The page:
Tuesday, September 23, 2014

Doing Math the Routty Way: Engaging Activities from A to Z (Day 12)

Menus- Menus are a great way to add some challenge and pizzazz to your everyday curriculum. Menus can be created for a variety of purposes and include a variety of activities. 

Last year, I had a group of fifth graders that I had the opportunity to teach in fourth grade. Since I'd had them for a full school year, I really wanted to crank up the learning expectations in the classroom. I had a lot of fast finishers. I decided to channel their energy by using math menus. 

The basic idea was that they would receive one menu for each nine-week grading period. They would have the entire nine weeks to complete the menu board, or choice board as I sometimes called them. When they completed the board, they received a homework pass. (I know some of you are saying that you would not want them to skip doing their homework, but the amount of work and thinking required to complete the menu far exceeded what was required to complete the weekly homework.) 

What was on the menus? I used a book as a guide for creating really great menus. It's called Differentiating Instruction with Menus (click the link to find out more about it). It has templates for a variety of menus and product ideas as well. I typically utilized the book for the menu templates and the product ideas to create activities for the skills the students would learn during each nine-week period. I tailored the menus to emphasize critical thinking skills and reinforce fifth grade content.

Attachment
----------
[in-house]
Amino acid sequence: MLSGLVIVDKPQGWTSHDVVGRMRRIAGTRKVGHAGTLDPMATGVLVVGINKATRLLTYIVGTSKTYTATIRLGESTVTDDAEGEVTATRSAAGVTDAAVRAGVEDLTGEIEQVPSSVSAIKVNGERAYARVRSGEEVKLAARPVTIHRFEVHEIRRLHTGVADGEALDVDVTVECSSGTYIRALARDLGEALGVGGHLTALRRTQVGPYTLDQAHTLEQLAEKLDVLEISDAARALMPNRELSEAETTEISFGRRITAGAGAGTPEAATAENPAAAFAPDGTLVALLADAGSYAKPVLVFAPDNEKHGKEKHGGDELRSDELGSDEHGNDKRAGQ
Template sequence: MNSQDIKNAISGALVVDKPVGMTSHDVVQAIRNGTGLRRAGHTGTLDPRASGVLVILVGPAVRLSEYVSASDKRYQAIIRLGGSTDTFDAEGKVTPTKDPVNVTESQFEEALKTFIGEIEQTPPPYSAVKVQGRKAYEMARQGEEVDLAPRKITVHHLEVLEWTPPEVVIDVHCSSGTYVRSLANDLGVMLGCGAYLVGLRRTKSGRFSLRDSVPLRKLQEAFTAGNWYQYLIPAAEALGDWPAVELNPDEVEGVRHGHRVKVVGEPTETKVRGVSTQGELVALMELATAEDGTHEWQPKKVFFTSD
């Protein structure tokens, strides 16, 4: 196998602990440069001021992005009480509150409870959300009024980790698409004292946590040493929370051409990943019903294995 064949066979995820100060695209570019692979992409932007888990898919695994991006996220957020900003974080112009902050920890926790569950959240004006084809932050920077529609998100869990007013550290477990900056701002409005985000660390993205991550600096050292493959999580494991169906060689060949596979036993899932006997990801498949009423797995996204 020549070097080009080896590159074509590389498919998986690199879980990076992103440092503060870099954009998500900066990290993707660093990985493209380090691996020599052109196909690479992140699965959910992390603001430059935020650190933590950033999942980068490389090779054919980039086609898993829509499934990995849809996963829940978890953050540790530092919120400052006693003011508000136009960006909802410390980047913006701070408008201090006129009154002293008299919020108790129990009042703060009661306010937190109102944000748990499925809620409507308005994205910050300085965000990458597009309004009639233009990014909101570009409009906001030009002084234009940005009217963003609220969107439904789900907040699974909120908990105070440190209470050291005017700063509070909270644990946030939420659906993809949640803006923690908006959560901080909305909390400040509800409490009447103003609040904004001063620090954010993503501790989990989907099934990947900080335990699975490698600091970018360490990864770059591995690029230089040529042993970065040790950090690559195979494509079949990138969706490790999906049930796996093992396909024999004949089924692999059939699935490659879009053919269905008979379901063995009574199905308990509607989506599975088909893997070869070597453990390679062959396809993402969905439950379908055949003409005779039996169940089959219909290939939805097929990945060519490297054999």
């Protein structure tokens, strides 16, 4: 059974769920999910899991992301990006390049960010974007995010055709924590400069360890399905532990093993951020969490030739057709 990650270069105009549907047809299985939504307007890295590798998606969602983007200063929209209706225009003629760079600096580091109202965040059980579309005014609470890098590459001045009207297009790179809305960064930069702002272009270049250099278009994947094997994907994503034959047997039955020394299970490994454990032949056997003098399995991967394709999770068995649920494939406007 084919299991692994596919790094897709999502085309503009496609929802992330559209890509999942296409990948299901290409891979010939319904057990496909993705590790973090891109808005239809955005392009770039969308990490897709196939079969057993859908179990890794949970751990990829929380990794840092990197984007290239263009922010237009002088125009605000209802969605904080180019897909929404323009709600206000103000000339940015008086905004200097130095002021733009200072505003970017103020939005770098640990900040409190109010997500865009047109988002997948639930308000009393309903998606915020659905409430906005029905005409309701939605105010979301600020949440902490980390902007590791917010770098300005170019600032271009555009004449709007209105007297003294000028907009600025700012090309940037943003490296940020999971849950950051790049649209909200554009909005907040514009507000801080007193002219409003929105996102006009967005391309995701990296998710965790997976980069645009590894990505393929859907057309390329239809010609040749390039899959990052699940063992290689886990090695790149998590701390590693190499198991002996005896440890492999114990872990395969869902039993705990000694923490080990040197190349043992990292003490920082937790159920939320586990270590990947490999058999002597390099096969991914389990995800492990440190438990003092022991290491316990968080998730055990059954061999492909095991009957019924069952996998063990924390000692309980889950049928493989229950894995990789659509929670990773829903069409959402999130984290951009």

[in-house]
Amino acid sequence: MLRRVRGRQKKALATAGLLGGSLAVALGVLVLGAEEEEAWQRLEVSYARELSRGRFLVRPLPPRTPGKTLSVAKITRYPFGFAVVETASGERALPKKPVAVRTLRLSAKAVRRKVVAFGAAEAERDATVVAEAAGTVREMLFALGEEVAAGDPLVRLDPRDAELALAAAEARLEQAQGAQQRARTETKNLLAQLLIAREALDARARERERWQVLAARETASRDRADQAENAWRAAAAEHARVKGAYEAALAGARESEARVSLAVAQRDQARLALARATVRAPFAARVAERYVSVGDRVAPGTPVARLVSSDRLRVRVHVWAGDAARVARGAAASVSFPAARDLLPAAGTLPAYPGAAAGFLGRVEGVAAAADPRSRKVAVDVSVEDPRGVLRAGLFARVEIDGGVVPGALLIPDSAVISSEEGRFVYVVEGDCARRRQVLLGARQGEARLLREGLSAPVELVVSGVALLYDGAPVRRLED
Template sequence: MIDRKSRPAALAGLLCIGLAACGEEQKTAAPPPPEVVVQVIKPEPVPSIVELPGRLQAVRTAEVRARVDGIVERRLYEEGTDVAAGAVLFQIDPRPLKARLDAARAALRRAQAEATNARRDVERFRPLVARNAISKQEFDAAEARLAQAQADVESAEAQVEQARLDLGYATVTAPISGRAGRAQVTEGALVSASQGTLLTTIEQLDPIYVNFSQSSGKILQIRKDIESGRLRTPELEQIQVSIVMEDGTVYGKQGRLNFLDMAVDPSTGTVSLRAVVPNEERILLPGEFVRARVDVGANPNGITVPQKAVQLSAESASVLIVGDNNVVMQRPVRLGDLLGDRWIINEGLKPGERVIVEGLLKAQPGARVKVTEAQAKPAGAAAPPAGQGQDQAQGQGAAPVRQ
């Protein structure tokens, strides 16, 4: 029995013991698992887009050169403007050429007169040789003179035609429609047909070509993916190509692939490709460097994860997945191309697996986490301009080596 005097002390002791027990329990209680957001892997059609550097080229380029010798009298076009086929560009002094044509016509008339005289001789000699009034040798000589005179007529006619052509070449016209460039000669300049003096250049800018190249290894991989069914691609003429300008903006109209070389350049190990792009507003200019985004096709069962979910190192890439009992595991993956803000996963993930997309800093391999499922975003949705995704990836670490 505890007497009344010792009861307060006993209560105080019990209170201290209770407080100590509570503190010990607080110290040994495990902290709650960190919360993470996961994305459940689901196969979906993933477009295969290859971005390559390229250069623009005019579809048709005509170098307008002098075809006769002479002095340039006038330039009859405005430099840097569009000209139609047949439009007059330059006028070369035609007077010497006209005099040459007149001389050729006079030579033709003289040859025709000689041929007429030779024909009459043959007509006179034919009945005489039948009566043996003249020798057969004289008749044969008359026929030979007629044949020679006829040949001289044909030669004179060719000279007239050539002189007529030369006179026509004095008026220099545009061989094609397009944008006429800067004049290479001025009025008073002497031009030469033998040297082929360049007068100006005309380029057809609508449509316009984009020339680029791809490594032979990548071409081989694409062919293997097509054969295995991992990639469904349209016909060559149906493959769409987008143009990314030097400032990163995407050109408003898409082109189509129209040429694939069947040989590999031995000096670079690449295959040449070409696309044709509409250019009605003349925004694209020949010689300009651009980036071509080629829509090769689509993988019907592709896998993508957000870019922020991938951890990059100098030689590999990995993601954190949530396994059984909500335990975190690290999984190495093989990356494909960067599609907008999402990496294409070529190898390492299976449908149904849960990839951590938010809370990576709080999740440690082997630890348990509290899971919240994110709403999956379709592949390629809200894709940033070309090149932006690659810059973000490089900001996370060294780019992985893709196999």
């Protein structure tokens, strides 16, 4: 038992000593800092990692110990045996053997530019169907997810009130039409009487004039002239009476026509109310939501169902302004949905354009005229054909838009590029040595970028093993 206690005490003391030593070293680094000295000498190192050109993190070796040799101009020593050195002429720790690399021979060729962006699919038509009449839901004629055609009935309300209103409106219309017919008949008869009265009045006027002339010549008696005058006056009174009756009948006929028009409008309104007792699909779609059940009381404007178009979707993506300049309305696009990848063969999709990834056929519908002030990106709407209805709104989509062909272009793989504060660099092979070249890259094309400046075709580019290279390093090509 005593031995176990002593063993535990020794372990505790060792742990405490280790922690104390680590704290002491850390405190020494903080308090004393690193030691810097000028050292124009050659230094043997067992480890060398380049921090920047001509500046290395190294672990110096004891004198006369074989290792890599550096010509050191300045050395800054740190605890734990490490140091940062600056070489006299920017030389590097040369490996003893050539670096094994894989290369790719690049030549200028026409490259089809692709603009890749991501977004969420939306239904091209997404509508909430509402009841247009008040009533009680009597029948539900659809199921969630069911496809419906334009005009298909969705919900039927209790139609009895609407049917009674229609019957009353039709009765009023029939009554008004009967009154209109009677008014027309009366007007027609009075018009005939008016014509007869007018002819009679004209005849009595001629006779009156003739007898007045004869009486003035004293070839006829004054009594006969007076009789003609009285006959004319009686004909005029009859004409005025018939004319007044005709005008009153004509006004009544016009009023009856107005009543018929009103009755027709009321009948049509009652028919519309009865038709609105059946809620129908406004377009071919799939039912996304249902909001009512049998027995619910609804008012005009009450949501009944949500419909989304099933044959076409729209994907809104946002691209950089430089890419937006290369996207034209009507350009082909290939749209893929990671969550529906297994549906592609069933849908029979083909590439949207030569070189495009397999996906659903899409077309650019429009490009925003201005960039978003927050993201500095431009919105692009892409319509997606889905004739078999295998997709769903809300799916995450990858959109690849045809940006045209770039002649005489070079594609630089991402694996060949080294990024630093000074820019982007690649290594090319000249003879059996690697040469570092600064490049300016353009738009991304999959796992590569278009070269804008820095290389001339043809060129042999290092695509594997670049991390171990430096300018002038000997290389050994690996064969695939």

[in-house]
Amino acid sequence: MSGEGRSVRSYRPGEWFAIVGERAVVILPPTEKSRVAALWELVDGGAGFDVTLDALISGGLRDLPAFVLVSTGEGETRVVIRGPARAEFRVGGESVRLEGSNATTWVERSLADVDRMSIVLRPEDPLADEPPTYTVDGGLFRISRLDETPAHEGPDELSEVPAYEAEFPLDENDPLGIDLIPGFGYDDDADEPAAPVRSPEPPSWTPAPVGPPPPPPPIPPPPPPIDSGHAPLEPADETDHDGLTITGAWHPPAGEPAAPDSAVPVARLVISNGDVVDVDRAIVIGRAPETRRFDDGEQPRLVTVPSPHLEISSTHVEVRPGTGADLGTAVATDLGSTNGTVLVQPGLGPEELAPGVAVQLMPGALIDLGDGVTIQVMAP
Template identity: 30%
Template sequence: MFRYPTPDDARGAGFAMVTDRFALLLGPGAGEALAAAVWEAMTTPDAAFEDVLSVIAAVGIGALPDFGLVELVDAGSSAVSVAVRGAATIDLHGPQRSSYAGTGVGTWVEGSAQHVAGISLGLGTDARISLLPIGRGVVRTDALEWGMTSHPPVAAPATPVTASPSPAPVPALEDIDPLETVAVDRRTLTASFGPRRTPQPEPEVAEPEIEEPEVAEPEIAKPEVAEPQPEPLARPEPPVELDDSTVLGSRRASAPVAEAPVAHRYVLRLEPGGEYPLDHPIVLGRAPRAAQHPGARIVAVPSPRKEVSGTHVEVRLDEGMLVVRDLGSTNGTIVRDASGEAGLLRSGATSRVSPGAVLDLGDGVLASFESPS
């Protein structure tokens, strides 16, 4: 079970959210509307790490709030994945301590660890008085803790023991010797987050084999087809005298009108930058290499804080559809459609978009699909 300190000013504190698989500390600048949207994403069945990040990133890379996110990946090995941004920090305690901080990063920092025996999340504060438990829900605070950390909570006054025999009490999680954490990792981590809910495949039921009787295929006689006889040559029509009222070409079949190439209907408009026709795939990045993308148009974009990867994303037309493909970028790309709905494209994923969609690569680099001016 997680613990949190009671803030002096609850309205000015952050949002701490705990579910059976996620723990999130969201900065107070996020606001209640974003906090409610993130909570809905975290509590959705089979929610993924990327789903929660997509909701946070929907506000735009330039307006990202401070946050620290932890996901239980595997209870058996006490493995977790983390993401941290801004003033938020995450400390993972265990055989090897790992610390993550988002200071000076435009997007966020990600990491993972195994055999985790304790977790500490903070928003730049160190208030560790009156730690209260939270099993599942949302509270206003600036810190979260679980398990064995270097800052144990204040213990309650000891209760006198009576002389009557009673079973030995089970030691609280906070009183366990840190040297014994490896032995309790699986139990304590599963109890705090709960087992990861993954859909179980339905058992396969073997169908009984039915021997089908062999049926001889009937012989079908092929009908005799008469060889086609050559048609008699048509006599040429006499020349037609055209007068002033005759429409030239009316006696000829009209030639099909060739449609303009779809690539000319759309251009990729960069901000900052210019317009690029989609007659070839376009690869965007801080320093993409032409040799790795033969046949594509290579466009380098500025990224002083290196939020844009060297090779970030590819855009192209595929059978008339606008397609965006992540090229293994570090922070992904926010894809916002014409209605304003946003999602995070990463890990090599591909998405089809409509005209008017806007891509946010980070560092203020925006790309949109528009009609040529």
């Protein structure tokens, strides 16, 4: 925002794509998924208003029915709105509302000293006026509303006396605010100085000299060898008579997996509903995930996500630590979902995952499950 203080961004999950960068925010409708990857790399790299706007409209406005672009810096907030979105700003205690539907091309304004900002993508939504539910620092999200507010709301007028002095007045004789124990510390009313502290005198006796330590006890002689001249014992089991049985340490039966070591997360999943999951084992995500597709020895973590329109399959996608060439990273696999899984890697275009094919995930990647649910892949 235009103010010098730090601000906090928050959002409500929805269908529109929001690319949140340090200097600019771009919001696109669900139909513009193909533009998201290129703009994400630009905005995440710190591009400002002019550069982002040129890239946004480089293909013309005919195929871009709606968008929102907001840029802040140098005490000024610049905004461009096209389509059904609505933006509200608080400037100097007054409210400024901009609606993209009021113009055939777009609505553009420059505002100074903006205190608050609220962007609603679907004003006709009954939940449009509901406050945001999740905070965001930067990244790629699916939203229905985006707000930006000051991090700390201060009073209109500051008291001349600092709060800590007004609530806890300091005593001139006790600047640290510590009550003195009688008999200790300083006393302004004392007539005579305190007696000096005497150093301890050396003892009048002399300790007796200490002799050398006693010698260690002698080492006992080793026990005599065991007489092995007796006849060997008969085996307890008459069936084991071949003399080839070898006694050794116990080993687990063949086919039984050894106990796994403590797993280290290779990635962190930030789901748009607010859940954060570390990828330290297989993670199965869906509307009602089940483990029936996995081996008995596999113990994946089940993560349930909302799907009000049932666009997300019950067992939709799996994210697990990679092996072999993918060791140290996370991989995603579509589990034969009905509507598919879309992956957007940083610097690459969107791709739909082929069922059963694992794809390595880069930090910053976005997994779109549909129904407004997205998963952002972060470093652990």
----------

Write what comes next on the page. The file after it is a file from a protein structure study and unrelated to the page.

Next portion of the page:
Here are two examples of the menus that I used with my students. The second page of each menu gives product guidelines and requirements. You will notice references to puzzles and Marcy Cook Bags. I will discuss my Puzzle Box in a later post. The Marcy Cook bags involve the tiling tasks that I talked about last week.     

This is a choice board. To complete this board, students needed to complete all of the activities in a column, row, or diagonal. 

This is a game show menu. In order to complete this board, students needed to earn a total of 65 points with at least one activity from each category or earn a total of 100 points with at least one activity from each category. The number of points earned determined whether the student received a single-subject homework pass or an all-subject homework pass. 

Here are some samples of the products created by the students.